The technological requirements, spectrum limitations/inefficiencies and user demands have necessitated the implementation of more dynamic,cost-effective and scalable technologies. While previous generations like 4g employed a single technology like LTE, 5G will need to source bandwidth from multiple technologies; like small cells using millimeter-waves (high-frequencies, <6GZ) and unlicensed spectrums (e.g. WI-FI) to get anywhere close to the speeds of the developing standard.  Because there is only so much usable frequency for wireless communications, companies like Sprint who have large amounts of licensed spectrum will have an immediate advantage when it comes to deploying 5G wireless networks.


Examples of solutions emerging for 5G deployment problems:

Intelligent spectrum sharing – by dynamically sharing the usable spectrum between wireless providers companies will be able to increase network capabilities without additional resources. This is becoming more and more of a necessity for the future of 5G. Since usable spectrum is THE limited resource for wireless technologies, dynamically sharing it is one of the best ways to improve capacity overall.


yup, that’s 5G on a lamp post

Small cells– high-frequencies while faster, do have a trade-off. They don’t do well with walls, windows, trees and obstacles in general. All of this equates to a range of around 1/10th that of LTE. This is where small cell technology comes in. Simply place a distributed network of these small cells over the area instead of large cell towers.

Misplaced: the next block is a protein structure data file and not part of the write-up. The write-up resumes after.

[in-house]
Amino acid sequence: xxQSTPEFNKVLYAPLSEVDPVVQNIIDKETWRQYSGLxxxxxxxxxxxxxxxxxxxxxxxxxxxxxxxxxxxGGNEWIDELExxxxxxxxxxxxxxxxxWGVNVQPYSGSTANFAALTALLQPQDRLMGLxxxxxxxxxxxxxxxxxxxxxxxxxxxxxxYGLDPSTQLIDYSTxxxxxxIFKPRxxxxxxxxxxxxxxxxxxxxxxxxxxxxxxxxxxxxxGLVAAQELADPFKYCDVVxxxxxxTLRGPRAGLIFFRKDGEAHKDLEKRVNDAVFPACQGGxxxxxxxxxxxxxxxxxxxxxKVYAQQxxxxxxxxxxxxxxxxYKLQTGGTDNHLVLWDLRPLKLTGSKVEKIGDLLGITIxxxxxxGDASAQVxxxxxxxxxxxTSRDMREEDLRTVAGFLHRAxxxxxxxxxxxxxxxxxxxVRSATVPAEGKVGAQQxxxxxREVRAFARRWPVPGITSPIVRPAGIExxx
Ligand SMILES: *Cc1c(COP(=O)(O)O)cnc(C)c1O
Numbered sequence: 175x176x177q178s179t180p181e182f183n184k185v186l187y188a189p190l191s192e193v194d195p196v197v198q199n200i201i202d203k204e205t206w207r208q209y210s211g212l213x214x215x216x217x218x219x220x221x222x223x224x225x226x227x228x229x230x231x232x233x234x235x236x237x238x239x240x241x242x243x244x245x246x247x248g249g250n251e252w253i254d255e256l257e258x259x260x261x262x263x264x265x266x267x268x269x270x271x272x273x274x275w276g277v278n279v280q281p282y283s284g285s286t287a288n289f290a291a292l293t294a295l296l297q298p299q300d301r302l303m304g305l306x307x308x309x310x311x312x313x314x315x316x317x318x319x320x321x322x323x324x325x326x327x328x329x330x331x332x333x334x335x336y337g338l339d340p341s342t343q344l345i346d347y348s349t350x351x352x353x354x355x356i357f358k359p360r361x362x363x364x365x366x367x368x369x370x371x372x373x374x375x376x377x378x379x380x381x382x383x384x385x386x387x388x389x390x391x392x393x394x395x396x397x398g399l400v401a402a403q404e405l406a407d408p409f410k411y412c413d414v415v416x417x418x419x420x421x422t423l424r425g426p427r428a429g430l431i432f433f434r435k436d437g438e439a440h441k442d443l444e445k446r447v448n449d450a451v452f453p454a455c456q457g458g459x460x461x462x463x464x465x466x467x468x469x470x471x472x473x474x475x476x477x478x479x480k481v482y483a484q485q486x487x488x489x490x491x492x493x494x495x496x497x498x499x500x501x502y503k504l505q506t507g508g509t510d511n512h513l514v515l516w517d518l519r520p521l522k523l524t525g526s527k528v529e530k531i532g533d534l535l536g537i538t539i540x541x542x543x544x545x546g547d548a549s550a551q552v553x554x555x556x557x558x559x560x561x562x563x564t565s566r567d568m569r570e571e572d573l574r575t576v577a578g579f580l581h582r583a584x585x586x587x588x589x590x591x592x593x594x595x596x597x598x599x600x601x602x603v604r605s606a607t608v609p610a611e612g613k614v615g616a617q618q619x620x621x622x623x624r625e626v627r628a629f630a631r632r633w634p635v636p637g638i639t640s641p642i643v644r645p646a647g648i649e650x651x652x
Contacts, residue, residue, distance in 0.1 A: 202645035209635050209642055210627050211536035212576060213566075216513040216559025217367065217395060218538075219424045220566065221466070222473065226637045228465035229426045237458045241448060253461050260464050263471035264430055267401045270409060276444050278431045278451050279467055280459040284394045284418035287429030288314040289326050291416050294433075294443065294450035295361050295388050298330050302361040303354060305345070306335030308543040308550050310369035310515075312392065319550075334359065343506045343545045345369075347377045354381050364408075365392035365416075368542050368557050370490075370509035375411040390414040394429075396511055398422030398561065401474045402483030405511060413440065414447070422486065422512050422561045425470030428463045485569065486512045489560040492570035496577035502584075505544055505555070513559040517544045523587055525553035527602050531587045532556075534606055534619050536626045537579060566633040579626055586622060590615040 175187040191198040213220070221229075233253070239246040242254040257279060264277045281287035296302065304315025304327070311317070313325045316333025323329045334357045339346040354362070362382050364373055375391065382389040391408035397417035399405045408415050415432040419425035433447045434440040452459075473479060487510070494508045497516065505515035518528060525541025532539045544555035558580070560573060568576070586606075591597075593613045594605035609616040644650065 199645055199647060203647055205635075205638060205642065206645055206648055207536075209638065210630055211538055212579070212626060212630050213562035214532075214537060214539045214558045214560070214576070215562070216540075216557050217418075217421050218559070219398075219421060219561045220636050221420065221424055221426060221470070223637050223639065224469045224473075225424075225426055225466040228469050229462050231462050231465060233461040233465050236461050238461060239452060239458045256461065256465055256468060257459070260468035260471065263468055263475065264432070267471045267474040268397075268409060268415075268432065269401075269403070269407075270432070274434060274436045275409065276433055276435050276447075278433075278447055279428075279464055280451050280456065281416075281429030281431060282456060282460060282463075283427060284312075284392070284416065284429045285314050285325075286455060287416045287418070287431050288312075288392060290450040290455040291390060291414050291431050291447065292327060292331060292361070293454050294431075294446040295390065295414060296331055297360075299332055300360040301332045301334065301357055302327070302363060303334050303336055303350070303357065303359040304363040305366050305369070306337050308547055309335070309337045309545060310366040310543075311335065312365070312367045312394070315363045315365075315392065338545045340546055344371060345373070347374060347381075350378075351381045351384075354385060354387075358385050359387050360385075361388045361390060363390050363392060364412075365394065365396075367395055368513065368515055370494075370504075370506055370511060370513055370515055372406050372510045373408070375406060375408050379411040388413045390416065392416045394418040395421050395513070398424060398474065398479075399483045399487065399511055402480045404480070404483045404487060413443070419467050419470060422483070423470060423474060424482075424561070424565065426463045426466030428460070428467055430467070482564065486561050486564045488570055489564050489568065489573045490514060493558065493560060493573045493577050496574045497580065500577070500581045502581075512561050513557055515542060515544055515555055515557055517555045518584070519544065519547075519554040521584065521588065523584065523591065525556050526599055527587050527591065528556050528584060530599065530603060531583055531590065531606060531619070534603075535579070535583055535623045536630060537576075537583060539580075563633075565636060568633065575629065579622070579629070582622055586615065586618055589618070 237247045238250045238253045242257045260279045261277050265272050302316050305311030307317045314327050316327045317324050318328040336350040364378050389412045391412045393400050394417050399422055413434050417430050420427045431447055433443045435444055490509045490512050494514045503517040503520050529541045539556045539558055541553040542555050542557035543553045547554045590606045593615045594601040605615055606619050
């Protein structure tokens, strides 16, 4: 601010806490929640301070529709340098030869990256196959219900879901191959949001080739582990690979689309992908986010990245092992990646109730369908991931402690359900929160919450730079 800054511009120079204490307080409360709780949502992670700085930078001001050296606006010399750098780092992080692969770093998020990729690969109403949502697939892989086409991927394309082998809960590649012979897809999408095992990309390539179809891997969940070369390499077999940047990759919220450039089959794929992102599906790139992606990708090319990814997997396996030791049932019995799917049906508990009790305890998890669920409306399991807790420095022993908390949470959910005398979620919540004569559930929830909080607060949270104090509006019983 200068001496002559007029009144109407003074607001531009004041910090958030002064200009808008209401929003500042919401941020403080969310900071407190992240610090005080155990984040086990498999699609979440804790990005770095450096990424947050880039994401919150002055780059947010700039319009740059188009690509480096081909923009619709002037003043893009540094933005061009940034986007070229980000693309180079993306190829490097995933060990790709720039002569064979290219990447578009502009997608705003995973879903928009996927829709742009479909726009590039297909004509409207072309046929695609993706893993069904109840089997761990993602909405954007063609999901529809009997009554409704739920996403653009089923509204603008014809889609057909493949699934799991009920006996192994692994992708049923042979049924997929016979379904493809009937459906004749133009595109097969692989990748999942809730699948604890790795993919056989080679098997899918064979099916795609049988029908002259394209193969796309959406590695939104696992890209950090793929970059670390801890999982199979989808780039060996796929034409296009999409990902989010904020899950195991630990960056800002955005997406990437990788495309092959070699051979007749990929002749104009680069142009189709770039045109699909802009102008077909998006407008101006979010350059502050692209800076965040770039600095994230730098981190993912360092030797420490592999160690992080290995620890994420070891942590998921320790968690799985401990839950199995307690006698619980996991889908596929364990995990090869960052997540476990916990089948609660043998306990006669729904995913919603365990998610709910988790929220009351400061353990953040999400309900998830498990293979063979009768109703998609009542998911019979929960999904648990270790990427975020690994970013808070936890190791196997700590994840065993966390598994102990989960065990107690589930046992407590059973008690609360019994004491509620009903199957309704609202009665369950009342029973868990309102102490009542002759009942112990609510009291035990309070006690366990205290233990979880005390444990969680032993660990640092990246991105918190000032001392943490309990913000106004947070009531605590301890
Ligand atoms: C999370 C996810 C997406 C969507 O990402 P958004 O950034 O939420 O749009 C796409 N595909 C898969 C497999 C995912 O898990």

Solar-powered  smallcell 5G drone. Try saying that 5-times really fast


Solar-powered small cell drones

Taken a step further, Google is attempting to make a network of solar powered drones to solve the coverage issue. Given the cost, time and legal issues with deploying small cells everywhere, this seems like a viable solution if it pans out.





Behind-the-scenes supporting infrastructure

Of course the mobile networks are only one (albeit big) part of the puzzle. Another important thing to take into account is the infrastructure needed to support all of the new services.  Thankfully telecoms have been addressing this issue with the shift to software-defined networks (SDN) and network function virtualization (NFV). By moving all the network functions from proprietary hardware to virtualized software solutions, networks can now be deployed faster, smarter, more efficient and inexpensively on x86 rackmount hardware. This means now ISP’s can scale their networks as easily as plugging in a new white box appliance and powering it on.

Given these benefits, our networks are inevitably headed towards software-defined orchestration, utilizing artificial intelligence and big data analytics to improve the efficiency of implemented hardware beyond individual means. Examples include technologies that pool resources, like software-defined air interfaces; which can intelligently balance traffic loads across the usable spectrum- i.e. shift to a lower frequency upon detecting an overloaded channel.


Final thoughts:

While the standard legal issues, disputes and technical problems are quite present within developing 5G solutions, capable companies are showing great efforts and results which all look promising in the goals set towards 5G wireless networks for this decade. 5G looks to be just around the turn of the decade and now is the time to be preparing for the myriad of potential, new revenue streams. It’s impossible to tell exactly what new applications and life-altering capabilities 5th generation wireless networks will have in store for us, but still incredibly fun to speculate and envision it while we wait.